On rare occasions, FlingSmash’s shallow concept provides a bit of pinball-like enjoyment, as you fling Zip and Pip into targets to maximize your score. But the controls constantly undermine this simple fun, and because there’s nothing to this game outside of its one mechanic, when the controls don’t work properly, the whole experience falls apart. It’s not that FlingSmash doesn’t read your inputs correctly; an onscreen image of a remote always reflects your movements with impressive precision. But your swings often affect Pip and Zip in frustrating and unpredictable ways. It’s not uncommon for you to swing the remote to the left, only to see Pip fly upward. And regardless of the forcefulness with which you swing, sometimes Zip zooms like he’s been sent flying by a Louisville Slugger, while at other times, he moves as if blown by a gentle breeze. It feels less like you’re precisely flinging Pip or Zip across the stage and more like you’re tugging the leash of an animal that has some ideas of its own about where it wants to go.
These issues are especially problematic during boss fights because you often need to hit a specific weak point or move out of the way of an attack, and the controls simply lack the precision needed to reliably enable you to do so. This is particularly infuriating during the final boss battle, a multistage affair in which the lack of precision is often to blame for you failing. And when you fail, you must repeat the entire maddening battle from the beginning. You’ll very quickly come to wish you could just point a thumbstick in the direction you want Pip or Zip to go and push a button to make it happen, rather than rely on the poor, imprecise, and tiring remote-swinging mechanic.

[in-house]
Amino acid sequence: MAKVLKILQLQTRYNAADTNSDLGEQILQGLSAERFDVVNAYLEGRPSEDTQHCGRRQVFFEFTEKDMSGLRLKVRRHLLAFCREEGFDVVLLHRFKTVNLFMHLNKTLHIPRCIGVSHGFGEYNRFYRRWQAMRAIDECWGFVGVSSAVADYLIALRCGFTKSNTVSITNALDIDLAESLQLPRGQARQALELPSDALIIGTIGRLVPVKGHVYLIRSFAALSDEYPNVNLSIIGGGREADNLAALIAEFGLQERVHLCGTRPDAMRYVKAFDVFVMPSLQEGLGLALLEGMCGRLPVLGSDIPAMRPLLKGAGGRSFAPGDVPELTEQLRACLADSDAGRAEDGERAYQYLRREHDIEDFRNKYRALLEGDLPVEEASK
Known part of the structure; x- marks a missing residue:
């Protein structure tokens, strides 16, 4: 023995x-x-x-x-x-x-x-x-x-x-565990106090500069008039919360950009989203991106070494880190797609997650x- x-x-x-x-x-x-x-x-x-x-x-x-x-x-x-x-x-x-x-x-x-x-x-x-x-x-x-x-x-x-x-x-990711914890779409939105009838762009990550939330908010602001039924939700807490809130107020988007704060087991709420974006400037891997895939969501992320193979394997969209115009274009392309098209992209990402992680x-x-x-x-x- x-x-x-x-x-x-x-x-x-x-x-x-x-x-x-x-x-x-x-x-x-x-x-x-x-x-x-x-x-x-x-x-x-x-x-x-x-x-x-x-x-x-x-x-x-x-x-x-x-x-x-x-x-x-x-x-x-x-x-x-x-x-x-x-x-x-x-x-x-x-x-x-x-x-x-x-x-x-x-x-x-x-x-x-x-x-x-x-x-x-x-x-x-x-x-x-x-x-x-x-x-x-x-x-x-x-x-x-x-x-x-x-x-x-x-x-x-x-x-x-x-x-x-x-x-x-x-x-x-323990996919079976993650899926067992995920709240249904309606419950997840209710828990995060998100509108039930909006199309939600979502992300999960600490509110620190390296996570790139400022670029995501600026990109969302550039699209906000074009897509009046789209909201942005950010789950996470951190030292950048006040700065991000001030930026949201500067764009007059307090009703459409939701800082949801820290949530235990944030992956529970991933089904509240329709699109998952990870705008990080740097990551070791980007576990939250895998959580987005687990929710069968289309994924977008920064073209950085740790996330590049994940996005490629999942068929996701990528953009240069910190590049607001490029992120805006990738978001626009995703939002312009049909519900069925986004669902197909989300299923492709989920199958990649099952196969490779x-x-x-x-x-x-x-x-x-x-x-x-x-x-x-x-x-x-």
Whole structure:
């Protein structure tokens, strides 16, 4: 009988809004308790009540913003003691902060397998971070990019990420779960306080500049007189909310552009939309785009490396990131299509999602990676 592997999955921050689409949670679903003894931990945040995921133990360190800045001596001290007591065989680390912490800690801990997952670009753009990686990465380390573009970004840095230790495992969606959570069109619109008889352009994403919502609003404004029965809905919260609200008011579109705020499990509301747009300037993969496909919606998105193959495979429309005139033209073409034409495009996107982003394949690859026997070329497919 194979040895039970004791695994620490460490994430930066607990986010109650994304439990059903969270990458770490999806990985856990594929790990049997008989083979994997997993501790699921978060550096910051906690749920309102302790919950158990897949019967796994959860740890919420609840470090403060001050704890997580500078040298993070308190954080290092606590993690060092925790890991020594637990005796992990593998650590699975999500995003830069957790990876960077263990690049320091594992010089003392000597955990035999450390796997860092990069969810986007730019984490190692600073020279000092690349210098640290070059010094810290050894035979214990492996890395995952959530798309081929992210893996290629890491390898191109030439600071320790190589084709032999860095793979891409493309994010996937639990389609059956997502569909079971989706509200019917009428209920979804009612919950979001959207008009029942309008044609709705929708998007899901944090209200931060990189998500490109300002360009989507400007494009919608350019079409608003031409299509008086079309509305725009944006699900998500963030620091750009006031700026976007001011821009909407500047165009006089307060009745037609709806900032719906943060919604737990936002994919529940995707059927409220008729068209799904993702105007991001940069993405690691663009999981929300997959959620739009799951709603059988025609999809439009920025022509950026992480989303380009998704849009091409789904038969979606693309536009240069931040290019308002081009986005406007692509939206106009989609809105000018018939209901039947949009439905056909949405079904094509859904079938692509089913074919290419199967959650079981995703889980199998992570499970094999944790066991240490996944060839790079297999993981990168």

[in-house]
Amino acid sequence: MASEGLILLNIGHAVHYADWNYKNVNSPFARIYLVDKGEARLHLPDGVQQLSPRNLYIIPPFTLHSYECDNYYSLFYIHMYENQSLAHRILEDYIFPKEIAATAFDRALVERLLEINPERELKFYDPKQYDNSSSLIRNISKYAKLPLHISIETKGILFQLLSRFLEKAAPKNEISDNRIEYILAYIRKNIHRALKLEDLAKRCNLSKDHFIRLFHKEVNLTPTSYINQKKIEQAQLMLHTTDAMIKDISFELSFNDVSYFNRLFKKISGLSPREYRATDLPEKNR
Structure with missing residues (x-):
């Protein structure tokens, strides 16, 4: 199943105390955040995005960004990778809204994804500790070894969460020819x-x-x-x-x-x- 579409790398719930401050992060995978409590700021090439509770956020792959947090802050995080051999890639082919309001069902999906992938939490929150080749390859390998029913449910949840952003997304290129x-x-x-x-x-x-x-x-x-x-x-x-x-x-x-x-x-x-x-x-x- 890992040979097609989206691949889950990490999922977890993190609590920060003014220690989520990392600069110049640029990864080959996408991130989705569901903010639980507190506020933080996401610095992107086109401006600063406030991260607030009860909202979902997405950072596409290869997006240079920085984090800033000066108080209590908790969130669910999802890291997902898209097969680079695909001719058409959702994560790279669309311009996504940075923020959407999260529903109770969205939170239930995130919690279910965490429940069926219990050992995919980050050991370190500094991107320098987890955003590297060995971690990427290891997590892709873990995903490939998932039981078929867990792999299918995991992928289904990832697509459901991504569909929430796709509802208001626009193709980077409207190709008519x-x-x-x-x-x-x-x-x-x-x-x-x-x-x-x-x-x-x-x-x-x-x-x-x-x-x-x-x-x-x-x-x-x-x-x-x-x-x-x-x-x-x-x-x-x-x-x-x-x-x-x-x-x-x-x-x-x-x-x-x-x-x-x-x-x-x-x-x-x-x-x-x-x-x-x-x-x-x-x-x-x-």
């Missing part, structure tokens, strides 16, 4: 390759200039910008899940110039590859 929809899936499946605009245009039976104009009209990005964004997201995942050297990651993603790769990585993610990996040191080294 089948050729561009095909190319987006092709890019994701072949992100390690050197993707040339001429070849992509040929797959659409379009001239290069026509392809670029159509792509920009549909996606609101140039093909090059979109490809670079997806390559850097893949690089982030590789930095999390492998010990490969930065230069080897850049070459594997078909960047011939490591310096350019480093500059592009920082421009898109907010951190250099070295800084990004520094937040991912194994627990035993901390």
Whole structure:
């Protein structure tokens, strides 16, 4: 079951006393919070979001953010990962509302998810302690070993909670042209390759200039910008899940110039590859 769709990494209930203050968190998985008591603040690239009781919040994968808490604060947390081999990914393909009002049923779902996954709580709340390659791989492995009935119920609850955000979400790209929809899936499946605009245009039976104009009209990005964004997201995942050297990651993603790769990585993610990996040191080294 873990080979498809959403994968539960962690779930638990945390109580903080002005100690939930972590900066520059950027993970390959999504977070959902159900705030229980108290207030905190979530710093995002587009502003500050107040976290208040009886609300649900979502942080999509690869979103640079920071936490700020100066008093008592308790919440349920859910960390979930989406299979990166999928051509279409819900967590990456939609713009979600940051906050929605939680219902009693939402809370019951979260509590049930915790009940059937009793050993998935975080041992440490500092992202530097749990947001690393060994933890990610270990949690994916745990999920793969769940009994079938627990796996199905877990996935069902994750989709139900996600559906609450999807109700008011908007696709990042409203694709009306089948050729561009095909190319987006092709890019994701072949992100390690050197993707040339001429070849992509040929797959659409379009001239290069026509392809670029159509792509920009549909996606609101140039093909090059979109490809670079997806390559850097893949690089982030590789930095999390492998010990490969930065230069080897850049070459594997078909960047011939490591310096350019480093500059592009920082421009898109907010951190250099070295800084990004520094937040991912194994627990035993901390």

FlingSmash has a very simple, colorful look. Pip and Zip’s smiling faces tell you that they’re as happy as clams to be hurled about the screen, smashing blocks and destroying enemies. The trails they leave behind as they soar across the screen also suggest that they move with great speed and destructive power. You see the same basic blocks, cannons, and other objects in the foreground throughout the game, but the backgrounds, which include flower gardens, underwater seascapes, and other tropical sights, lend some visual variety. The soundtrack, on the other hand, is cheery to the point of obnoxiousness, and the constant squeals of Zip and Pip quickly become irritating.
Scoring enough points in levels rewards you with access to minigames and extra stages, but these are all based on the same shallow and imprecise flinging that runs throughout all of FlingSmash. Playing with a friend makes the onscreen action more chaotic as both Pip and Zip gleefully smash through the blocks in their way. But their similar color schemes make it tough at times to tell the two heroes apart, and the controls remain too poor and the action too uninvolving. FlingSmash’s vibrant visuals and very simple gameplay suggest that it was designed with young children in mind, but everyone, regardless of age, deserves better and more substantial games than this one. This is a one-trick pony whose only trick isn’t that impressive when it works, and whose whole routine falls apart when it doesn’t, which happens often. This makes FlingSmash both a poor game and a poor showcase for the capabilities of the Wii MotionPlus with which it’s packaged. Don’t play this game. Your wrist will thank you.